Re­mem­ber­ing Beth McRae

First fe­male mayor of Al­ber­ton


Beth McRae paved the way for women in mu­nic­i­pal pol­i­tics as the first, and so far only, fe­male mayor to serve in the town of Al­ber­ton.

With McRae’s pass­ing on July 8, it has co-work­ers and com­mu­nity res­i­dents re­mem­ber­ing her legacy and her sto­ry­telling.

Su­san Wal­lace-Flynn, the Chief Ad­min­is­tra­tive

Of­fi­cer for the town, re­mem- bers a car ride with McRae that landed them near the other end of the Is­land.

“We were at a Fed­er­a­tion of Mu­nic­i­pal­i­ties meet­ing in Char­lot­te­town. Beth and I had driven up to­gether. I was driv­ing on the way home and we were talk­ing and hav­ing a laugh. It was a great drive we re­ally en­joyed it.”

But then McRae, said “Uhoh.”

“We had taken a wrong turn and nearly got on the Wood Is­lands fer­ries. We cer­tainly weren’t on our way to Al­ber­ton,” said Wal­lace-Flynn with a laugh.

“We had a real laugh on the way home. It seemed like the fun­ni­est thing at the time. When we got back, every­one got a kick out of it.”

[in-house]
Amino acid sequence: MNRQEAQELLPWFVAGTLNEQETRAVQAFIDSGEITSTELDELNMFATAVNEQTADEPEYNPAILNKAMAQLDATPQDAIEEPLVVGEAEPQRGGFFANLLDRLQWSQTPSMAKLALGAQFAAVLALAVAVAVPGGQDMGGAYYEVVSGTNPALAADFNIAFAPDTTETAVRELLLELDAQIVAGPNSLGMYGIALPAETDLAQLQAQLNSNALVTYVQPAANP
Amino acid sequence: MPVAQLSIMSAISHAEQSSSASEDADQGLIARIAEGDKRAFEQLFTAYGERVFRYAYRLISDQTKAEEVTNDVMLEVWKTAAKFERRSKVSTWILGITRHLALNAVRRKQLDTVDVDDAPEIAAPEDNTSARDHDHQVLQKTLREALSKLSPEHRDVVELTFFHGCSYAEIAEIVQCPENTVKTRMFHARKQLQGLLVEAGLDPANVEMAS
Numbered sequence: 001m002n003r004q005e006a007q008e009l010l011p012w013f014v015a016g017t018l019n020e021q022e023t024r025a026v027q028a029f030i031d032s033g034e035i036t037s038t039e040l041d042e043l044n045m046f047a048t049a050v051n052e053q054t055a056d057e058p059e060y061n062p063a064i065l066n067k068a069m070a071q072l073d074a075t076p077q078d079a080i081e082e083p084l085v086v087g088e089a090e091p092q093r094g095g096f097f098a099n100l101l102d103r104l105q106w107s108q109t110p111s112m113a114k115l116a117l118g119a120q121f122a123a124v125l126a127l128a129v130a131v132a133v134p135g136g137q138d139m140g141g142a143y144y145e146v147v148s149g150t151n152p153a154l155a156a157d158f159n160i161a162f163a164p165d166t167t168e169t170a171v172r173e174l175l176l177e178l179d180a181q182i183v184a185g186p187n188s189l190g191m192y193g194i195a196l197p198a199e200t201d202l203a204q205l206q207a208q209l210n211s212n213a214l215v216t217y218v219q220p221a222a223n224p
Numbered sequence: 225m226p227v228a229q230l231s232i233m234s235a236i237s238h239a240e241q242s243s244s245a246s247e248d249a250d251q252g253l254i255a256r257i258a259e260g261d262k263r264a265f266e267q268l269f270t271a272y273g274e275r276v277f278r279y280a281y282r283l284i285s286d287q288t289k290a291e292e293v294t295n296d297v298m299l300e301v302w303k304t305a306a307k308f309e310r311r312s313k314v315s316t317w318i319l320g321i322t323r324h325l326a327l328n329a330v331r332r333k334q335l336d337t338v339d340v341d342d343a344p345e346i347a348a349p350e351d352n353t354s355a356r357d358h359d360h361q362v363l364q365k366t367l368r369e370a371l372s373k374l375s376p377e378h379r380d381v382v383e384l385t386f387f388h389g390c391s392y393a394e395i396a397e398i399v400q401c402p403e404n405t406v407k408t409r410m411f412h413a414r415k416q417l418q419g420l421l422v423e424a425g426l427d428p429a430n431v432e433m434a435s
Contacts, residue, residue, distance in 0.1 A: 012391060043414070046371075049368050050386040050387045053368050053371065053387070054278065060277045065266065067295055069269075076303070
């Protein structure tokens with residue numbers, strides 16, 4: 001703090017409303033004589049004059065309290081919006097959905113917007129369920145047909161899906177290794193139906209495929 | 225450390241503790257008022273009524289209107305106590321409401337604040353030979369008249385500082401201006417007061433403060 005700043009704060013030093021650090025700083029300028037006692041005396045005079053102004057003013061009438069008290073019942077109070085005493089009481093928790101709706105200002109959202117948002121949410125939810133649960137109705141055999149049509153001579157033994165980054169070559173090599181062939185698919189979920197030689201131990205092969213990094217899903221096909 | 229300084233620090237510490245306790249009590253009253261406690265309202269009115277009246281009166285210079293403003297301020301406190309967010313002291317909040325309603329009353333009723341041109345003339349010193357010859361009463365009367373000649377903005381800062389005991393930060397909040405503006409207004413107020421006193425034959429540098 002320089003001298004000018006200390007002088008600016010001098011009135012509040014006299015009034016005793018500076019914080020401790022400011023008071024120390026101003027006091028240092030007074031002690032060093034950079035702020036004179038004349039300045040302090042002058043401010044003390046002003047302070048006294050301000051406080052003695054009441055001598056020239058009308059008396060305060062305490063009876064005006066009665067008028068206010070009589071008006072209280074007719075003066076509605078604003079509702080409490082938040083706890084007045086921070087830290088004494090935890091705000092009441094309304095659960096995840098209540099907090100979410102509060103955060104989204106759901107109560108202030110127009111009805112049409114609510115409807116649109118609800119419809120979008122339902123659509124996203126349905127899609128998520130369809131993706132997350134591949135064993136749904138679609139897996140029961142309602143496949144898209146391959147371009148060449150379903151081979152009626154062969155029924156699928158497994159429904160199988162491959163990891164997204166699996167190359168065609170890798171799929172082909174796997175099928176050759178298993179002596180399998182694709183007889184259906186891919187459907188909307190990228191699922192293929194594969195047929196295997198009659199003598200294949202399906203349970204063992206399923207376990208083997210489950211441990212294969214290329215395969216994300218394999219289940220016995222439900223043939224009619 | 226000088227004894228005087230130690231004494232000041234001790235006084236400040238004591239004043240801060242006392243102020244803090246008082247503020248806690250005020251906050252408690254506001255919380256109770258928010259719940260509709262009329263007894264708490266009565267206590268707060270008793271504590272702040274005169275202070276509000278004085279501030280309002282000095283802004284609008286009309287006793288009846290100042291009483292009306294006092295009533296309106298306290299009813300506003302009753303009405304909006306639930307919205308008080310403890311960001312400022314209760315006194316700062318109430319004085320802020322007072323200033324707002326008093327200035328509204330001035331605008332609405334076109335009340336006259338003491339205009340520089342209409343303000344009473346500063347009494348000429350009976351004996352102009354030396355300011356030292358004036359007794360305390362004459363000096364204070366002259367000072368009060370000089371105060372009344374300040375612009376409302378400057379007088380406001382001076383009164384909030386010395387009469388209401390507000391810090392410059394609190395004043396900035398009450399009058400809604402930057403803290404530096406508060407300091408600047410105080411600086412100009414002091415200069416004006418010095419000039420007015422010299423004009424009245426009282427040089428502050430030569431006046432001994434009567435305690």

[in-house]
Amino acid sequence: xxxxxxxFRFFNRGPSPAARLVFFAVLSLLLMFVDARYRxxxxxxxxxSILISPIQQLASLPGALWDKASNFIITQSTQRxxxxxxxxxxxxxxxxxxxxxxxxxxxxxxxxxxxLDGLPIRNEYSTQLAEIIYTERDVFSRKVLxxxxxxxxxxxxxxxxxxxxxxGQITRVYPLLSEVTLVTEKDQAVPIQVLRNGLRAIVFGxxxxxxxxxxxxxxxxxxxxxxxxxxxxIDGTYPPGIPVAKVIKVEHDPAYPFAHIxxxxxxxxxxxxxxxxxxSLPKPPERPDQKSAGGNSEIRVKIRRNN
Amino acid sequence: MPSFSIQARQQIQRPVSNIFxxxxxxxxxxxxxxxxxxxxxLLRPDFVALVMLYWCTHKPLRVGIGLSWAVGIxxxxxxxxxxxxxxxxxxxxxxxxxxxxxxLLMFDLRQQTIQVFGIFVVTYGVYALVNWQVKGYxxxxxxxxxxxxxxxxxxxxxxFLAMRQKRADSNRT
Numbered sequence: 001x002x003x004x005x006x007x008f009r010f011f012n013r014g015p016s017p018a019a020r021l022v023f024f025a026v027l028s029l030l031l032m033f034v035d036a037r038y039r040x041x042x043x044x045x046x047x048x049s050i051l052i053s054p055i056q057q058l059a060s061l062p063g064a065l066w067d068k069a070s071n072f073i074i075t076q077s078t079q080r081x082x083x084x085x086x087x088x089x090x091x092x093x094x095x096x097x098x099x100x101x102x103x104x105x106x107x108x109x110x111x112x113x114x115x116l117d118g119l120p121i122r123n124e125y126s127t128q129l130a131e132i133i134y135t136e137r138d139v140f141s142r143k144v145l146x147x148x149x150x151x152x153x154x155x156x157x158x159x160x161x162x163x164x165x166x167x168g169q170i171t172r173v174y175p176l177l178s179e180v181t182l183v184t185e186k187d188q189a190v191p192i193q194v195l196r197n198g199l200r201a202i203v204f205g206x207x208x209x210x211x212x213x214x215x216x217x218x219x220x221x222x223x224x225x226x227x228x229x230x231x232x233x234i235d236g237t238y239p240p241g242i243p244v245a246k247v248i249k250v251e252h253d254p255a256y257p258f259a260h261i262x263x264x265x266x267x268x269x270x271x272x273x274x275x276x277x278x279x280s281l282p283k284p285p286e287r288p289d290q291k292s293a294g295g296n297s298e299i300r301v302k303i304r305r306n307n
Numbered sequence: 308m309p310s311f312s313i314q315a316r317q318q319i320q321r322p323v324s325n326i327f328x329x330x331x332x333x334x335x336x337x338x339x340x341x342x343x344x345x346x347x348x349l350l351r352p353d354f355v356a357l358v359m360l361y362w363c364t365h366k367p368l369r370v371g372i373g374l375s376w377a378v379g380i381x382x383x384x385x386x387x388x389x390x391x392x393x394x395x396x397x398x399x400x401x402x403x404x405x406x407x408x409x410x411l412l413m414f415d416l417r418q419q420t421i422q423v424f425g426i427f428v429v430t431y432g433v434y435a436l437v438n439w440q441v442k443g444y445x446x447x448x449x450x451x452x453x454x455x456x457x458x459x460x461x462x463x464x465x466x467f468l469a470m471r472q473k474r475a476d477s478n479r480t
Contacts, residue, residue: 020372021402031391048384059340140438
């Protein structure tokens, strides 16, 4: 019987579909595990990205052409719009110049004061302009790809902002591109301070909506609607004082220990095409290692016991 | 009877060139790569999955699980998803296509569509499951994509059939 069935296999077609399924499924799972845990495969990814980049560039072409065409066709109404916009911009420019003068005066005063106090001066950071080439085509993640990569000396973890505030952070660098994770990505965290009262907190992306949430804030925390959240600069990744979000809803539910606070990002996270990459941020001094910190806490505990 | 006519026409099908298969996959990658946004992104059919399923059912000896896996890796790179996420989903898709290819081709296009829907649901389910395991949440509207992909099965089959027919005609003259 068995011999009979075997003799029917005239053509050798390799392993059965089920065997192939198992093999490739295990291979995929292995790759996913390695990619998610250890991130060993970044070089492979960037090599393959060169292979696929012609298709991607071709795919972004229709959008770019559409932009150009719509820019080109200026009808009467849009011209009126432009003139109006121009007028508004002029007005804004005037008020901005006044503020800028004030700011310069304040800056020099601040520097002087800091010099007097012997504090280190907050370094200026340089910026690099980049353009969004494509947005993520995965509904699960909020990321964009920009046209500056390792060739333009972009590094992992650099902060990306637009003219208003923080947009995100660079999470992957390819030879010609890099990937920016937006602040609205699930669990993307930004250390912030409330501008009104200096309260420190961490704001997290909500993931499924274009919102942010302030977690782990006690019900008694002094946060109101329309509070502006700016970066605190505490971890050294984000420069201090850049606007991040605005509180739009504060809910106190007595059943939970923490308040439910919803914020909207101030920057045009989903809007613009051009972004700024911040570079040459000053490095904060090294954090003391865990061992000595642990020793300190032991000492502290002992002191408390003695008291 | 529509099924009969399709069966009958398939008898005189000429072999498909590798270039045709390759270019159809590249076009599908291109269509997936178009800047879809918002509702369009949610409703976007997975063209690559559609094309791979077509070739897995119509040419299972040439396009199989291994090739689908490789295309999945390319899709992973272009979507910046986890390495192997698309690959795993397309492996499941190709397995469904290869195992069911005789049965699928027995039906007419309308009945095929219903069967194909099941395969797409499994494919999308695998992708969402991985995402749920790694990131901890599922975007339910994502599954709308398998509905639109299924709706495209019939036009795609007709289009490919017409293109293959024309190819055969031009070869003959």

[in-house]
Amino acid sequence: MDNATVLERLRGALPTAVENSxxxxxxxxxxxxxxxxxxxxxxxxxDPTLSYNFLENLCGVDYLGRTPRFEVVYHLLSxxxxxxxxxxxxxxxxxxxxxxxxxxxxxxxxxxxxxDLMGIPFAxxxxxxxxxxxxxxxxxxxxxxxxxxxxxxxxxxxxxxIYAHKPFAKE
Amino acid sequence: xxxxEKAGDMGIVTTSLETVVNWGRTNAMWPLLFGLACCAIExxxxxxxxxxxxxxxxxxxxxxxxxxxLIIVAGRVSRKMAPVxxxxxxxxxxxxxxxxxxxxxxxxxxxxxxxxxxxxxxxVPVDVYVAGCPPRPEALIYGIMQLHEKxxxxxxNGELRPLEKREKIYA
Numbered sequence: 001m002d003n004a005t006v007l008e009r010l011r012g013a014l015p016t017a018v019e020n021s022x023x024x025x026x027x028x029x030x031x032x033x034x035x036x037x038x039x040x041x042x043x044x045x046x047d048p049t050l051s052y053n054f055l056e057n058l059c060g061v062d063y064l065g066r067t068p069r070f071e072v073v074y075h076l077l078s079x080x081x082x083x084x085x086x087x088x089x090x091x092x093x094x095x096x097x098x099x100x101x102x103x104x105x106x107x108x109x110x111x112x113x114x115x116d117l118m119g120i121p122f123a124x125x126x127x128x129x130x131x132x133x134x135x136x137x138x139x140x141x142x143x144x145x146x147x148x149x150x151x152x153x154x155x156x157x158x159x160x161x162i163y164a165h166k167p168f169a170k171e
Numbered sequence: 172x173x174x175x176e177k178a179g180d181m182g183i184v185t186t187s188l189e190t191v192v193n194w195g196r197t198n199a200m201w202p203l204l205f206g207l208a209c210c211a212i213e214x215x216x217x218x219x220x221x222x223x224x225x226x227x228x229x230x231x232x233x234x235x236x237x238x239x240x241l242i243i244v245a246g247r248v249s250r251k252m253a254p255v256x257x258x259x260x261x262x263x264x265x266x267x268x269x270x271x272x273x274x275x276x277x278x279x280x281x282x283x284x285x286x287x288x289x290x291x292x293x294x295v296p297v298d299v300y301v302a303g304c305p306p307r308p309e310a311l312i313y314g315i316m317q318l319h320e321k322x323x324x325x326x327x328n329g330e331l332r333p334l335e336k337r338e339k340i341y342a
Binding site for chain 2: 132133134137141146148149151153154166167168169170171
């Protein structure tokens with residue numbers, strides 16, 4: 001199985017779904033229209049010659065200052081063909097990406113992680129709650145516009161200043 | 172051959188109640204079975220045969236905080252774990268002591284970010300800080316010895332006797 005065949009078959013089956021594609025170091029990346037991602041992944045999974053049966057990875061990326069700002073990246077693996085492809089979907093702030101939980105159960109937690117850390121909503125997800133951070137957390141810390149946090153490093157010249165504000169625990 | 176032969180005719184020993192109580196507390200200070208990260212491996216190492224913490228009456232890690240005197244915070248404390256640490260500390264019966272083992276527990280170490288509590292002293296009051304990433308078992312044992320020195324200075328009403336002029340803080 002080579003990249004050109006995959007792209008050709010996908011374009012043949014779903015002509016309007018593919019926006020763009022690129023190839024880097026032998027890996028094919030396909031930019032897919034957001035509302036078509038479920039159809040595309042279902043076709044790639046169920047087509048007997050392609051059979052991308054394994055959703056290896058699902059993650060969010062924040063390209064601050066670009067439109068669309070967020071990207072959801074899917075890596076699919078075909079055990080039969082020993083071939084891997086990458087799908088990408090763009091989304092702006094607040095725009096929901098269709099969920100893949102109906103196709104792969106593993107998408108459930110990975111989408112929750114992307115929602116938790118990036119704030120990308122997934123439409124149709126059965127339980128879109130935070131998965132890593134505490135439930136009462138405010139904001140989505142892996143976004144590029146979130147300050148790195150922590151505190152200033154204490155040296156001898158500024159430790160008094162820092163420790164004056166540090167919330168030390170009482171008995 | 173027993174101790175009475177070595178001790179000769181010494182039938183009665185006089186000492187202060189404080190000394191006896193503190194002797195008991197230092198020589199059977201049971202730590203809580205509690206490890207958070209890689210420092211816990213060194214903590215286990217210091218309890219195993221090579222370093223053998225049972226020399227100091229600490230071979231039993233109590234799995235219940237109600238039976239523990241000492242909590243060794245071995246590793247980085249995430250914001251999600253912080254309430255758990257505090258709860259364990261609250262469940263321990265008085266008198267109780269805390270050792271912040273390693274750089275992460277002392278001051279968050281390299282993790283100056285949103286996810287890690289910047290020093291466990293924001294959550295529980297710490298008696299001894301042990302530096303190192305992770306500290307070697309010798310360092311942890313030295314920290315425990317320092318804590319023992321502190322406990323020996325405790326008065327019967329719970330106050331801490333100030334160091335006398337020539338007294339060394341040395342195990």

McRae was very proud that she was the first fe­male mayor for the town.

“She was a hard worker. She was very dili­gent in what she did. But she was also a great sto­ry­teller.

“I re­mem­ber on Re­mem­brance Day cer­e­mony she was asked to speak. And she was re­ally elo­quent. She told the story of a young war bride and how they were in love and he had to go off to war. She said the woman learned she was preg­nant and had twins I be­lieve. It was in­cred­i­ble. And then at the end, ever so softly she said ‘I was that war bride’. I was blown away by her.”

McRae served on the Al­ber­ton Town Coun­cil from 1981 to 1989. Then in 1989, she took the po­si­tion as mayor when Hec­tor MacLeod stepped down. Then in 1991 she be­came a coun­cil­lor again serv­ing an­other three years.

Al­lan McRae, Beth’s son, says she was a per­sis­tent worker.

“She was in­stru­men­tal in estab­lish­ing the Jac­ques Cartier Arena, as well as the Al­ber­ton District Re­gional High School and ex­pan­sion of Western Hospi­tal. But she wasn’t a pushy lady.”

He says his mother was re­spected wher­ever she went.

“She was quiet about the work she did in the com­mu­nity. She was very dig­ni­fied. She wouldn’t take no for an an­swer and she’d keep mov­ing with an idea un­til some­one said yes.”


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